The shortcomings of our current transportation system fall too heavily on low-income people and communities of color, who often also suffer the worst impacts of climate pollution.

Bike sharing and car sharing, ride-hailing, and other new mobility innovations have the potential to cut travel times, reduce pollution and private vehicle ownership, and improve safety if they are accessible to those who need it most. But if not guided to focus on equity they may erode lifeline services that people depend on, particularly public transit.

We can help steer this disruption to create a transportation future that is shared, electric, and accessible.

  • Expand community engagement so people in low-income communities shape new mobility options to fit their needs and increase access to opportunity.
  • Work with agencies and decision-makers to craft policy and regulations that focus on equity and climate, without stifling innovation.
  • Partner with community organizations and new mobility companies to develop and demonstrate solutions that put new mobility, including autonomous vehicles, to work for underrepresented communities, as well as for the climate.
  • Generate at least $500 million for piloting projects that combine shared, electric, and accessible solutions.
  • Motivate five cities to adopt programs that give additional infrastructure, such as street and curb spaces, for shared, electric new mobility services.
  • Initiate at least three pilot projects that include mechanisms to promote affordability and access, such as discounts, cash-based fares, and multilingual outreach.

Transportation That Works

TransForm’s vision remains rooted in the idea that we must first make transportation work for everyone.

That means streets and sidewalks that welcome people of all ages, whether they are on foot or bicycle, in wheelchairs or strollers. It means buses and trains that are not just safe, reliable, and affordable, but inviting and world-class. We have the tools and the data to make more efficient use of transportation dollars, to stop wasting billions on highway expansions and prioritize projects that foster safety, sustainability, and equity.

We can eliminate inefficiencies in our transportation systems and devote more resources to overcoming inequity and climate pollution.

  • Lead coalitions to shape upcoming transportation funding ballot measures to prioritize transit, safe streets, and equity initiatives — including a regional discount transit fare.
  • Initiate a Mobility Action Plan for Highway 101 to demonstrate how we can move 8,000 people per hour in a single lane, and use that as the basis for a 2020 Bay Area effort to optimize the use of existing highways.
  • With statewide partners, push state leaders and agencies to define and designate transportation disadvantaged communities and prioritize equity and climate protection in transportation investments and policies.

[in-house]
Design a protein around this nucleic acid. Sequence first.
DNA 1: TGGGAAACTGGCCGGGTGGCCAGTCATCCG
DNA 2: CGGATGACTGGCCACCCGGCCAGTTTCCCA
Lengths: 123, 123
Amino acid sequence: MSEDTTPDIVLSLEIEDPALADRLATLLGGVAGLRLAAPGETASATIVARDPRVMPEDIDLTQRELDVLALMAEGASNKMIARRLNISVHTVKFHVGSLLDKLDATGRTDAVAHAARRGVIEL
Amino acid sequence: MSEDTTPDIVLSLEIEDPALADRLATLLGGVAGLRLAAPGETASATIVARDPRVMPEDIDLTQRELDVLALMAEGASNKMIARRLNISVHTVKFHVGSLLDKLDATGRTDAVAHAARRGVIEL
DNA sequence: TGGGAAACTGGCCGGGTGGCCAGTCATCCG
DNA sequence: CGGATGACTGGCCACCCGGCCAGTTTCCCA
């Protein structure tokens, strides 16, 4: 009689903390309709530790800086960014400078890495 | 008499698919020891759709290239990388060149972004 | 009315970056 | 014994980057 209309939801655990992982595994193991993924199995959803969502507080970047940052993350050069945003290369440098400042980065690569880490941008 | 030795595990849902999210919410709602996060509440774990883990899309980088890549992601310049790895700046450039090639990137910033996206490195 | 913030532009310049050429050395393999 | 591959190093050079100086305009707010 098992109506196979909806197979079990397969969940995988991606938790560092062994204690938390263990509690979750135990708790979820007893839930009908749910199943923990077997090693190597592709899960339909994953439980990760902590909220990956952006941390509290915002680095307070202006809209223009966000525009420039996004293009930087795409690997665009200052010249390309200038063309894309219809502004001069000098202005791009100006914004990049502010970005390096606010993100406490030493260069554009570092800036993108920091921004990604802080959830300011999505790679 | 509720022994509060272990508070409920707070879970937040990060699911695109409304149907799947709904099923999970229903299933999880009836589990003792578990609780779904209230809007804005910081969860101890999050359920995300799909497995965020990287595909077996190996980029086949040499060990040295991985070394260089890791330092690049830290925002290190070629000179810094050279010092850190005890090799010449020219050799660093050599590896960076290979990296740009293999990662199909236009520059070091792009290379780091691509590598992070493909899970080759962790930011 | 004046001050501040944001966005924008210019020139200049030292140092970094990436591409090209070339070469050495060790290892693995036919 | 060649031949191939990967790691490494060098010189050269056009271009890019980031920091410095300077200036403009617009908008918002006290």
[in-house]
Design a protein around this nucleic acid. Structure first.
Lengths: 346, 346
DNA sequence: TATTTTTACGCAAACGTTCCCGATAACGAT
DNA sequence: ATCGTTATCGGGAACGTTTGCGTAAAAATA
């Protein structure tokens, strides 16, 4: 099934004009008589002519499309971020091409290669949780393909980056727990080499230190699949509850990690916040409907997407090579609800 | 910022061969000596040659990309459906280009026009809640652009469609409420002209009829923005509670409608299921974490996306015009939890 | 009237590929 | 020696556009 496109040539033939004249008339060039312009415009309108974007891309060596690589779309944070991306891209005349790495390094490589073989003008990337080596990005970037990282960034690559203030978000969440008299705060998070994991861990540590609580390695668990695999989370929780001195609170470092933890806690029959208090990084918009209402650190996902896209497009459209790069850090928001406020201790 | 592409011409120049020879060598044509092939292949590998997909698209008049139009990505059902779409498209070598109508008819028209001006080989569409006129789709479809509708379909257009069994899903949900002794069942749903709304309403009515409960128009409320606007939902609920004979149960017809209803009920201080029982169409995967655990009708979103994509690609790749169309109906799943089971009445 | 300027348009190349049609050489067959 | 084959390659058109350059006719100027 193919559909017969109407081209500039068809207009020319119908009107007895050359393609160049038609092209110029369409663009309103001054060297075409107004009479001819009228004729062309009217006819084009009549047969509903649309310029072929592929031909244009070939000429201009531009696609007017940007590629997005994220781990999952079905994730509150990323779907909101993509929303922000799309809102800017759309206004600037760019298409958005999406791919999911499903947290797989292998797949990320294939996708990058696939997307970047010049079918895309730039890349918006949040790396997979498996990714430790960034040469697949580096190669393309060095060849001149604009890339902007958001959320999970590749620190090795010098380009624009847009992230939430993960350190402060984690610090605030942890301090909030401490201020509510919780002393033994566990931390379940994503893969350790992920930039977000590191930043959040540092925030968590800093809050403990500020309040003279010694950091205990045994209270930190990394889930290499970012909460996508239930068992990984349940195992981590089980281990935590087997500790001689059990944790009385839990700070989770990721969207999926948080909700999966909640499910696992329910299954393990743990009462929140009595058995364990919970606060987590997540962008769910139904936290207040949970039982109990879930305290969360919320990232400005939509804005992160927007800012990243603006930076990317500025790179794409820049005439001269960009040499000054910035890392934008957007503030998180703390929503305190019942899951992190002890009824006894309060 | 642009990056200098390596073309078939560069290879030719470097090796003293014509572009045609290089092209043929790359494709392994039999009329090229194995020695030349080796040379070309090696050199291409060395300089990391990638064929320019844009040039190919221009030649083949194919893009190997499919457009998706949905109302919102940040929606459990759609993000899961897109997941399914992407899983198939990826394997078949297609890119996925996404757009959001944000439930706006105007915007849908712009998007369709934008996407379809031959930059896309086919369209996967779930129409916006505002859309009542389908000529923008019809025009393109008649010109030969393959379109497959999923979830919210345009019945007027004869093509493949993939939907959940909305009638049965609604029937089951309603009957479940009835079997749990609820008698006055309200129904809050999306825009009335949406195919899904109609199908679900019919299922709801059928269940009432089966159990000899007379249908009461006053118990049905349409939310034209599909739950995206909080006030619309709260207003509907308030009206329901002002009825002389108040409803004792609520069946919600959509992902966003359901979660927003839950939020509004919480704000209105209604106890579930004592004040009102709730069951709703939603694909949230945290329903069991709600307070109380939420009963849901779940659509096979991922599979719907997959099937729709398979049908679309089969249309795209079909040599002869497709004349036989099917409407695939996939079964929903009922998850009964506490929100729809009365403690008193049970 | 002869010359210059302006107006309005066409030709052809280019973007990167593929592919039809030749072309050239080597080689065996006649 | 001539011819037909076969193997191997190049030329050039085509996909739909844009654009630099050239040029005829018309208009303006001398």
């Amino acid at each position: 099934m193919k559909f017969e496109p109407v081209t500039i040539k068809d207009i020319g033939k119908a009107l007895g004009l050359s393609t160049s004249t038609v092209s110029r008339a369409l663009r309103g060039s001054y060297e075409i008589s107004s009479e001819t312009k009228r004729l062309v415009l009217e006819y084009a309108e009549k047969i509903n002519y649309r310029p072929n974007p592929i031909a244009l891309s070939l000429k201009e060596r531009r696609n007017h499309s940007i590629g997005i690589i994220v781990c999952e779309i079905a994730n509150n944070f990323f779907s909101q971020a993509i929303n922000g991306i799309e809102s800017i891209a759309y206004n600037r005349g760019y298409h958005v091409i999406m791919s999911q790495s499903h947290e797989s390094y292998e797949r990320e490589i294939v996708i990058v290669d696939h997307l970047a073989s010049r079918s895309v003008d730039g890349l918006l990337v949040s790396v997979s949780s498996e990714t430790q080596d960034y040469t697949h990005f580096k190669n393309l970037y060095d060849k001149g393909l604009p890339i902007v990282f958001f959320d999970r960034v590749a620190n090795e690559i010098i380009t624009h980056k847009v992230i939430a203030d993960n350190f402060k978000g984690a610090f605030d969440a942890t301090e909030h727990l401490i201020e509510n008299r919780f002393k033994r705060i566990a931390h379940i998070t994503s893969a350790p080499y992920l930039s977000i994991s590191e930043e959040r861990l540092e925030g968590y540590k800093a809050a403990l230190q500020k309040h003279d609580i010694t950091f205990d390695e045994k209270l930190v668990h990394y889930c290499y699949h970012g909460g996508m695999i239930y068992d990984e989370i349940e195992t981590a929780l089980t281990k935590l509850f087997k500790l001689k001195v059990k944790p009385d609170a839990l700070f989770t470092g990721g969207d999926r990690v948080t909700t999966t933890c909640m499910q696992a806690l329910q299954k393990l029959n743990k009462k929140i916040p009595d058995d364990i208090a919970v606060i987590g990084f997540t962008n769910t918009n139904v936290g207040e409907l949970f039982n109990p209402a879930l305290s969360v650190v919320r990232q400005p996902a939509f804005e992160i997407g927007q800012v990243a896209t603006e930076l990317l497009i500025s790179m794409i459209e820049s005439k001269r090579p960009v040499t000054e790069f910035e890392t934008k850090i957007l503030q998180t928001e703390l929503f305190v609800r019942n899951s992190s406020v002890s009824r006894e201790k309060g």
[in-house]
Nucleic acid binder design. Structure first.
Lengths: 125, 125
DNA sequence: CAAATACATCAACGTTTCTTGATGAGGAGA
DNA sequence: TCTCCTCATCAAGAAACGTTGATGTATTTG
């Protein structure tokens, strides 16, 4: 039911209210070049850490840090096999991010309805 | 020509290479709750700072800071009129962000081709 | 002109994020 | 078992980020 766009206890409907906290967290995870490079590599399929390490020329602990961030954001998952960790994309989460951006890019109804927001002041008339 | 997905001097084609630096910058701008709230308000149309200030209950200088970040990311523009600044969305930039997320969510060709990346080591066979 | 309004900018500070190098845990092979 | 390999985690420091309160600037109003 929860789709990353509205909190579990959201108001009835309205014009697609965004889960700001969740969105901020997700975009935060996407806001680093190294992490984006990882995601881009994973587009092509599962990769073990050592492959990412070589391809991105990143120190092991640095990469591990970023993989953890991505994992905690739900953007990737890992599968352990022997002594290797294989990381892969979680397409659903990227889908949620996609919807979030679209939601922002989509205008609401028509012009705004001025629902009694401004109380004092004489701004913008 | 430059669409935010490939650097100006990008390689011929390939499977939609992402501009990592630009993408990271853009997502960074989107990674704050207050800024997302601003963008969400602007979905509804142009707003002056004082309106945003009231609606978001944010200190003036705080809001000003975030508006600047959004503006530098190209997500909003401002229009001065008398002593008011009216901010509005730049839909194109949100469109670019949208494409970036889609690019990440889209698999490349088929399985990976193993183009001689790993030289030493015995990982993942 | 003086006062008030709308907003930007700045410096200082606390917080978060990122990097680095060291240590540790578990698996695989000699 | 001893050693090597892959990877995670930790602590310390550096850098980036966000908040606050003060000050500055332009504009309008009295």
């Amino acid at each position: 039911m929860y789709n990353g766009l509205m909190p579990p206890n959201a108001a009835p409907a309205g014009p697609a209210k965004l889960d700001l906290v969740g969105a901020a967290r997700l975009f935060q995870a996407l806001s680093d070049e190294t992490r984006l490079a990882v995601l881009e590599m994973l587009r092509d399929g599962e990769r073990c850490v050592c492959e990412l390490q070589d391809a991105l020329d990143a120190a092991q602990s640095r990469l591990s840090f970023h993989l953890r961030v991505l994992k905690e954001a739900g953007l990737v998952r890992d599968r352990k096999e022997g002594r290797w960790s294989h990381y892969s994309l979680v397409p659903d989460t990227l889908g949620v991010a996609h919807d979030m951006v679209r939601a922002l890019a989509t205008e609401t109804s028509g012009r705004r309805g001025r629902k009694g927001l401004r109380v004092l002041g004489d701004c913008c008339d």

• Expand our award-winning Safe Routes to Schools approach to engage youth and families in other areas of opportunity, such as affordable housing developments.
  • Win at least $12 billion for sustainable, affordable transportation in the Bay Area and California, while defending the billions of dollars already secured through existing state programs.
  • Secure the passage of state legislation that prioritizes transportation funding for the most disadvantaged communities.
  • Give youth and families at over 200 sites the tools they need to adopt healthier transportation habits and reduce driving, with a focus on low-income communities.

It’s not just what we do, it’s how we do it.

TransForm firmly believes that to work for justice, we must work justly. Our commitment to equity and inclusion shines through in the deep and trusted relationships we nurture with a broad range of partners, the long tenure of many of our staff, our intersectional approach to solving big problems, and our ongoing efforts to align our internal practices with our values. Our positions and priorities have always been informed by partners in the movements for environmental, economic, and racial justice — for example, we engaged more than two dozen allies in the development of this plan.

TransForm is guided by a Social Justice Action Plan we adopted in 2017. The detailed plan includes concrete goals and milestones for every program and team, including our Board of Directors, to identify and challenge internal and external systems of privilege and injustice.


We didn’t get here alone, and we can’t build the future we seek without more partners and supporters than ever before. Are you with us? Help turn our strategies into success stories.

Special Thanks to the Hewlett Foundation for their essential support in developing these priorities, and to Autumn Bernstein of Estolano LeSar Advisors.

Thanks to the many partners who provided input on this plan throughout its development.

And a tremendous thank you to all the foundations, individual donors, and sponsors that make our work possible.

Graphic design by Anna Engle, web design by Abe Bingham, web development by Manish Champsee.